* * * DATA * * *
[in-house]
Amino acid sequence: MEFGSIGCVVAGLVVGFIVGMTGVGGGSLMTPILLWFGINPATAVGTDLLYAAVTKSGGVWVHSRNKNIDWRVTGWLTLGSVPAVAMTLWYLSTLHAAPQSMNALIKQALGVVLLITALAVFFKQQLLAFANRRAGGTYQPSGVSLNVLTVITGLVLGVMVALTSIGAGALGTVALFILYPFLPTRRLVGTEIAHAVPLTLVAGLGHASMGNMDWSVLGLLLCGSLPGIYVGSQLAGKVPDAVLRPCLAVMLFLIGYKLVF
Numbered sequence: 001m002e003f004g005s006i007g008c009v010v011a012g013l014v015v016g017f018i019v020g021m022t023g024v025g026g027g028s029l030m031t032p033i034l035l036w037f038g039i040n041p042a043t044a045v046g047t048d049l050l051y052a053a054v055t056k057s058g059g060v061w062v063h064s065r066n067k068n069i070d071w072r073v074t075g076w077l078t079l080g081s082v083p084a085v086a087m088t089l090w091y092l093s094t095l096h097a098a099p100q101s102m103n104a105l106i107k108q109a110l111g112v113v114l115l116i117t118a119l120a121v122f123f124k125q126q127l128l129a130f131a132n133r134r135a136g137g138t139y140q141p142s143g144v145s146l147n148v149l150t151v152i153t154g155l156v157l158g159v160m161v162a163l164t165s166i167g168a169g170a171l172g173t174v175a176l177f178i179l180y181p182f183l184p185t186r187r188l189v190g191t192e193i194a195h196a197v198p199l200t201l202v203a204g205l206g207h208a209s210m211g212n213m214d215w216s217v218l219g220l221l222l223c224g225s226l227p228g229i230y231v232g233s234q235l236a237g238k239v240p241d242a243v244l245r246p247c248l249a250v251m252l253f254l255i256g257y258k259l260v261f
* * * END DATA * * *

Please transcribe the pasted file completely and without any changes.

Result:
[in-house]
Amino acid sequence: MEFGSIGCVVAGLVVGFIVGMTGVGGGSLMTPILLWFGINPATAVGTDLLYAAVTKSGGVWVHSRNKNIDWRVTGWLTLGSVPAVAMTLWYLSTLHAAPQSMNALIKQALGVVLLITALAVFFKQQLLAFANRRAGGTYQPSGVSLNVLTVITGLVLGVMVALTSIGAGALGTVALFILYPFLPTRRLVGTEIAHAVPLTLVAGLGHASMGNMDWSVLGLLLCGSLPGIYVGSQLAGKVPDAVLRPCLAVMLFLIGYKLVF
Numbered sequence: 001m002e003f004g005s006i007g008c009v010v011a012g013l014v015v016g017f018i019v020g021m022t023g024v025g026g027g028s029l030m031t032p033i034l035l036w037f038g039i040n041p042a043t044a045v046g047t048d049l050l051y052a053a054v055t056k057s058g059g060v061w062v063h064s065r066n067k068n069i070d071w072r073v074t075g076w077l078t079l080g081s082v083p084a085v086a087m088t089l090w091y092l093s094t095l096h097a098a099p100q101s102m103n104a105l106i107k108q109a110l111g112v113v114l115l116i117t118a119l120a121v122f123f124k125q126q127l128l129a130f131a132n133r134r135a136g137g138t139y140q141p142s143g144v145s146l147n148v149l150t151v152i153t154g155l156v157l158g159v160m161v162a163l164t165s166i167g168a169g170a171l172g173t174v175a176l177f178i179l180y181p182f183l184p185t186r187r188l189v190g191t192e193i194a195h196a197v198p199l200t201l202v203a204g205l206g207h208a209s210m211g212n213m214d215w216s217v218l219g220l221l222l223c224g225s226l227p228g229i230y231v232g233s234q235l236a237g238k239v240p241d242a243v244l245r246p247c248l249a250v251m252l253f254l255i256g257y258k259l260v261f